Meet the Christmas tree companies that don’t want you to buy your tree in November

Christmas tree etiquette is confusing, particularly with each family having their own traditions. But, as Christmas creeps up, two London Christmas tree companies warn against decking the halls any earlier than the first of December.

“Obviously, people are incredibly excited in the run up to Christmas and getting the Christmas tree up and decorated is one of the most magical jobs,” says Sam Lyle, owner of celebrity favourite Pines and Needles.

“Although traditionally people have always put them up the first or second weekends of December, we are seeing a year-on-year increase of people buying their tree in the last week of November.

“Last year so many celebrities had put their trees up in November, but it could lead to disappointment by the time the big day arrives,” said Sam, famed for supplying Prince Harry and Meghan Markle, Madonna and One Direction with their fabulous firs.

Kelty Caston, owner of The Christmas Forest, added, “There is no doubting the appeal of putting your beautiful bushy tree up at home earlier than ever, however, without the right care your tree may end up looking a little sad and dishevelled if it has been up since November.”

Both companies joined forces to provide some top tips for keeping their trees in tip-top condition throughout the festive period.

“If you are meticulous with looking after your tree, then it may well last throughout the Christmas period and beyond even if it is bought in November,” adds Sam. “You have to think of your tree like cut flowers, as that is essentially what it is. You always keep your flowers topped up with water so you need to do the same with your Christmas tree.”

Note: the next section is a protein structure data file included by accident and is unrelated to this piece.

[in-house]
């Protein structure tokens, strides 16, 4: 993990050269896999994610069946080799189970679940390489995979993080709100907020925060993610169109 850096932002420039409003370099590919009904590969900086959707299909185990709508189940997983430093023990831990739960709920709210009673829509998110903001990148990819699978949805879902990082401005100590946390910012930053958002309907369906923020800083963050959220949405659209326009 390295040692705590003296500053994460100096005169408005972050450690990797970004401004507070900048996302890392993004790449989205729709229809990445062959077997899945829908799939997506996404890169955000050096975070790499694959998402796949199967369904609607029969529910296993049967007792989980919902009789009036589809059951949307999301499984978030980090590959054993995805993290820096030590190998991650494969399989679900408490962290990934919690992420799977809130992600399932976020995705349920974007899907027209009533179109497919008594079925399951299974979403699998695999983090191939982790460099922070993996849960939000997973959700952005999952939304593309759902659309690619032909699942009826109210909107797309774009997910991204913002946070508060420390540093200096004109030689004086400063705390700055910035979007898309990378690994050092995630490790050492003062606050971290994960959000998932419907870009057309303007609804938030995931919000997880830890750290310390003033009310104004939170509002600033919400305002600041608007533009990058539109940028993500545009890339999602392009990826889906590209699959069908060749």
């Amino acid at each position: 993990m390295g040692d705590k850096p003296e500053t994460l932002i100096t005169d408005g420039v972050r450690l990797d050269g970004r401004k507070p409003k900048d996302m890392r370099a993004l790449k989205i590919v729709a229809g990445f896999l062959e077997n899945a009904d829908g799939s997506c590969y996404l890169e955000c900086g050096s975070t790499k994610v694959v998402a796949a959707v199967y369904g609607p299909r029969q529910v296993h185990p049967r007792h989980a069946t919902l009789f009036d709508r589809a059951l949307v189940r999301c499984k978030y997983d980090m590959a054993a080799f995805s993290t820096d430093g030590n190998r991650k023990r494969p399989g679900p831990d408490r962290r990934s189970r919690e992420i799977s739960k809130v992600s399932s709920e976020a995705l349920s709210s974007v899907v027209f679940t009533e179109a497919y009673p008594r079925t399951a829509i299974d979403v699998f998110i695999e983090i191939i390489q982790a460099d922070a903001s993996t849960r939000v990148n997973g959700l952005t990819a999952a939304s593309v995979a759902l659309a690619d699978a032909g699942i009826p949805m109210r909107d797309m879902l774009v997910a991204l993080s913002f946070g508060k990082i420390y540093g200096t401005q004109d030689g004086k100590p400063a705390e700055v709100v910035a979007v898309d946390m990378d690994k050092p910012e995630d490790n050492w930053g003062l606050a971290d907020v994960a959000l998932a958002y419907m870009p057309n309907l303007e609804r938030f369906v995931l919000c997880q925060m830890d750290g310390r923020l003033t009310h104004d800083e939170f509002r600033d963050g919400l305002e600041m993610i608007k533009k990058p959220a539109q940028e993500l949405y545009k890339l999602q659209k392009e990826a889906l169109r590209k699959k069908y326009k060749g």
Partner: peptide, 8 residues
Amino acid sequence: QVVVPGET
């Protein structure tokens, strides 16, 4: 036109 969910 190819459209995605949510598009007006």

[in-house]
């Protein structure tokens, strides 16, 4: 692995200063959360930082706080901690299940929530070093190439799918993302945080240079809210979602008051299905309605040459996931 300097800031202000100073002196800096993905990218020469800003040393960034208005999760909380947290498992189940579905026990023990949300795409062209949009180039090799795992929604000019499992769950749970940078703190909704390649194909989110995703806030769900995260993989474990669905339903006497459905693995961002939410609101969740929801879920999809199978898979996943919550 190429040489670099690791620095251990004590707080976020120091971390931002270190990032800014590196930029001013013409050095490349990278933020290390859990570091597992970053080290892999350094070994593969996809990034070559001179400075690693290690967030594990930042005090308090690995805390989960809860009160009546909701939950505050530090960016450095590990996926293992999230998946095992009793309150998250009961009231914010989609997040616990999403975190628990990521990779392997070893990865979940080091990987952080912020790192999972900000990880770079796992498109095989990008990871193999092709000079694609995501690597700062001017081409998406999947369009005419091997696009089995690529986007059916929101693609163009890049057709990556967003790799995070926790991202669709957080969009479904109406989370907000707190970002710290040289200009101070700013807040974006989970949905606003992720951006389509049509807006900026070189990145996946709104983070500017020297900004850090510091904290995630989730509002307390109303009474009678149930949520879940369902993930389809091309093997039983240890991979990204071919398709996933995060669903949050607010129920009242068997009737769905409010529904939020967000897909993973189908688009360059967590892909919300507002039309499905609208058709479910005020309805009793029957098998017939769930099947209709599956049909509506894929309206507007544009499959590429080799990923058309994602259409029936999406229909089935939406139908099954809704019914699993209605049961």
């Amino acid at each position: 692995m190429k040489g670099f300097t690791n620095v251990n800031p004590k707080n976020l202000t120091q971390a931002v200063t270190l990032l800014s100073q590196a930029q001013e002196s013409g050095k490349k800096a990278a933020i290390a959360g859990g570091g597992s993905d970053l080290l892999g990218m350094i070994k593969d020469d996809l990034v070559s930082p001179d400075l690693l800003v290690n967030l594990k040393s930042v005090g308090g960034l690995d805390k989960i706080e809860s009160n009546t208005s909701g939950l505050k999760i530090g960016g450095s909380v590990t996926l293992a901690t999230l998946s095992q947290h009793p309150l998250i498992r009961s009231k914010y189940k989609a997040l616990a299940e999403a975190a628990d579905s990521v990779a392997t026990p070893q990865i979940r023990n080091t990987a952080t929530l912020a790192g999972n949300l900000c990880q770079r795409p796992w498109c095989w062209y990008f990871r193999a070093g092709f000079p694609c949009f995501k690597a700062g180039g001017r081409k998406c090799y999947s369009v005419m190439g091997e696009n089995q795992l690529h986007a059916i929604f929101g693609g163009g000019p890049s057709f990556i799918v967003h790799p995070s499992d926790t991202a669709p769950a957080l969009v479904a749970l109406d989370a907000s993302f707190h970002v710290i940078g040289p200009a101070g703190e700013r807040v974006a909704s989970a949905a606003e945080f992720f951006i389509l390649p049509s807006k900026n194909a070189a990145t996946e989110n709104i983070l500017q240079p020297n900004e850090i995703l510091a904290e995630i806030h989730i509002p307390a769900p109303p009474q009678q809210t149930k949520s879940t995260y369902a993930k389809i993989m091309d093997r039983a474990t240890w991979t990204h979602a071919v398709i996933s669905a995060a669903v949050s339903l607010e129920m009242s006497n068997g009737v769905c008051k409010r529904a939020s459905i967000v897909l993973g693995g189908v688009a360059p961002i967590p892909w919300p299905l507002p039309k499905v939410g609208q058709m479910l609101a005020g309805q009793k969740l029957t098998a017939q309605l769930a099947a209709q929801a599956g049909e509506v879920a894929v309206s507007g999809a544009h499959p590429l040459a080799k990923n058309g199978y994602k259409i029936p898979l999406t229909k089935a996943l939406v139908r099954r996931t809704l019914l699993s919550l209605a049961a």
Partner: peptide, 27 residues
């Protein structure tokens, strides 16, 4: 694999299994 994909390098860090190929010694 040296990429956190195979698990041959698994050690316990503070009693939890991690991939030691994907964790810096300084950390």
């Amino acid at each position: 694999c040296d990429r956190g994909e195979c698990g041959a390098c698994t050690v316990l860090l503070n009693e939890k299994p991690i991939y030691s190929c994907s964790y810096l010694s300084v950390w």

Kelty, who has helped plant more than 200,000 trees in Africa thanks to the company’s tie-up with TREE AID, elaborated, “Water your tree, and then keep on watering it! Your tree may drink two to three pints of water a day, depending on the size and your central heating settings.

“If you want your tree to take up water effectively then you should saw 1-2cm off the bottom of the tree before you put it in a holding stand. After that, it’s important to make sure that the water level doesn’t drop below the tree’s trunk. If it does, sap will re-seal the bark within a few hours, which will prevent your tree from drinking any further water even if you then re-fill the Christmas tree stand.

“Real trees give you the incredible smell, the bragging rights and the opportunity to choose a different tree each year. It’s something the whole family can get involved in, but just remember they are natural living things, and once they are cut they begin to die. Time the arrival of your tree with this in mind to increase longevity and get the most out of it.”

As well as cutting off the bottom, here are some other top tips:

  • Routine

    If you leave your tree outside in the frost for two days then place it next to the fire, it won’t like it. Trees, like most people, are creatures of habit and prefer steady conditions.

  • Heat

    If you want your tree to last (and more people have bought in November than ever) position your Christmas tree away from any heat sources such as radiators and fireplaces.

  • Water

    Your tree is thirsty. Place your tree in plain water—not soil or sand, which would block the pores in the bark. This is best achieved by using a specially designed Christmas tree stand. Many precious hours can be wasted trying to make a Christmas tree stand up straight in an ordinary bucket using just bricks or stones!

  • More water!

    Your Christmas tree may drink 2-3 pints (1-2 litres) of water per day, depending on its size and your central heating settings. This is very important as once the water level drops below the tree’s trunk, sap will re-seal the bark within a few hours, preventing the tree from drinking any further water.

With this advice, you shouldn’t be left fir-lorn by 25th December, but ready to enjoy Christmas day with your beautiful, healthy tree proudly at the centre of the festivities!

Pines and Needles
The Christmas Forest



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